This week I on my way to class I encountered a source of rhetoric and civic from a rather well known but despised source on campus. I am talking about the famous Willard Preacher who spouts out his ideologies for all to hear in front of the the Willard building.
Having a class in Willard, I encounter the preacher often but until recently I haven’t began to think in depth about his messages. Like most people I talk to I find that his ideologies are somewhat ludicrous and occasionally offensive. However, underlying rhetoric and civic life can be found if examined deeply enough.
I would have to say that the preacher’s attempt at using rhetorical persuasion is not very efficient as he often comes off as somewhat crazy. He occasionally offends people during his messages by stereotyping college students which diminishes his persuasive impact. Although his rhetoric is lacking, it provides a means to examine what good rhetoric entails.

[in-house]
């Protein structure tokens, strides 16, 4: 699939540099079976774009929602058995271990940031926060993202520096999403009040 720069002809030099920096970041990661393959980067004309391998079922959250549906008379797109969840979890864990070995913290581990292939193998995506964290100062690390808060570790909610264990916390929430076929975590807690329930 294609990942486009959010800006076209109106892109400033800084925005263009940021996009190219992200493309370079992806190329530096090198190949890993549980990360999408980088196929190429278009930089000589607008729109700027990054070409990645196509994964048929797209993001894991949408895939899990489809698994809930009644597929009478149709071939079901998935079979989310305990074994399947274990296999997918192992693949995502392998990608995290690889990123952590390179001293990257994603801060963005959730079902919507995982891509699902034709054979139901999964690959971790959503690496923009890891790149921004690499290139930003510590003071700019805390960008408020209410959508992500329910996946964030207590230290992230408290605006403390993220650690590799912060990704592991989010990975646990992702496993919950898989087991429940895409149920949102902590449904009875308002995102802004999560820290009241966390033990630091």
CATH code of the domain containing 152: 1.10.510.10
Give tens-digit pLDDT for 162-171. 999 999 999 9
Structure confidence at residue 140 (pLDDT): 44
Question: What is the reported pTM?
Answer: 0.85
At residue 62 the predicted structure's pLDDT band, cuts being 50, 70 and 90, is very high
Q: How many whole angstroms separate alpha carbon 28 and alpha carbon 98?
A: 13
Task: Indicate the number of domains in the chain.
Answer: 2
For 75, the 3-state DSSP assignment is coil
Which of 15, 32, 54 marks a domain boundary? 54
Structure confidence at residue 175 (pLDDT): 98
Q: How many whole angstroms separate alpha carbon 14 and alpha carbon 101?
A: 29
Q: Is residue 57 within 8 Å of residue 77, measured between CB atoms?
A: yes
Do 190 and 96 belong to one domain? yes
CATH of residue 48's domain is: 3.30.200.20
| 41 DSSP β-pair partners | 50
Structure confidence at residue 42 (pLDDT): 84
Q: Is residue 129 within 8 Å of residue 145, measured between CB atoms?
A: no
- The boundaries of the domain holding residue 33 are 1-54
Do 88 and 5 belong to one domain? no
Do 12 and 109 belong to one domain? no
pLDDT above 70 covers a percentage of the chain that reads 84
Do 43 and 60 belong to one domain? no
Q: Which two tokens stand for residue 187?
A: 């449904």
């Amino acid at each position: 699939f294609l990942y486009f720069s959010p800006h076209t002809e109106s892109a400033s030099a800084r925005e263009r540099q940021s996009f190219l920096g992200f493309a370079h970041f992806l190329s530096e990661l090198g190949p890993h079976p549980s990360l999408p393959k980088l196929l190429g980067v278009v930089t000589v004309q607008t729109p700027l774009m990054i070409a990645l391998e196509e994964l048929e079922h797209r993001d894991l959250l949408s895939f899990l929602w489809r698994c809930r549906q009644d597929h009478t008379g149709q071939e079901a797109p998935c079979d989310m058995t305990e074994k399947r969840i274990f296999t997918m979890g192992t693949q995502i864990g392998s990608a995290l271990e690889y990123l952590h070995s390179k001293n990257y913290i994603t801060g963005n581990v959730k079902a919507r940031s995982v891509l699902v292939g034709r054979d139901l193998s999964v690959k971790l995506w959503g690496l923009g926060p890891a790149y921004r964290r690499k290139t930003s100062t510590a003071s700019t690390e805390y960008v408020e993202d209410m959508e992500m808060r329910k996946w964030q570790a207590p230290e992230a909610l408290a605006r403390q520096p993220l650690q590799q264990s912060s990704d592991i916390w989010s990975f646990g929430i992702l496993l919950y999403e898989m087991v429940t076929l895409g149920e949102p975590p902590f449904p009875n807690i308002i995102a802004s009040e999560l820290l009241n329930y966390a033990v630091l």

As students walk by as he proclaims his ideas, they view him as an example of how not to present a rhetorical argument. They get a sense of what is effective and what is not through negative examples. Some students who are daring enough can even attempt to test their rhetorical skills by having a conversation with the preacher. He functions as a practically unavoidable dose of rhetoric.
The Willard preacher also promotes civic engagement by giving students a means to bring up topics of conversation. It is sometimes awkward to begin talking about religious and societal views to other people. Beginning with a short conversation about the Willard preacher provides a segway into meaningful civic discussions with others.
Although the Willard preacher can sometimes be extreme in his attempts to engage in ideological discussions, he is a good means to analyze and promote rhetoric and civic life. So next time you pass the preacher giving his usual talk about pre-marital sex try not to ignore it but rather look at is as additional exposure to RCL outside of the classroom.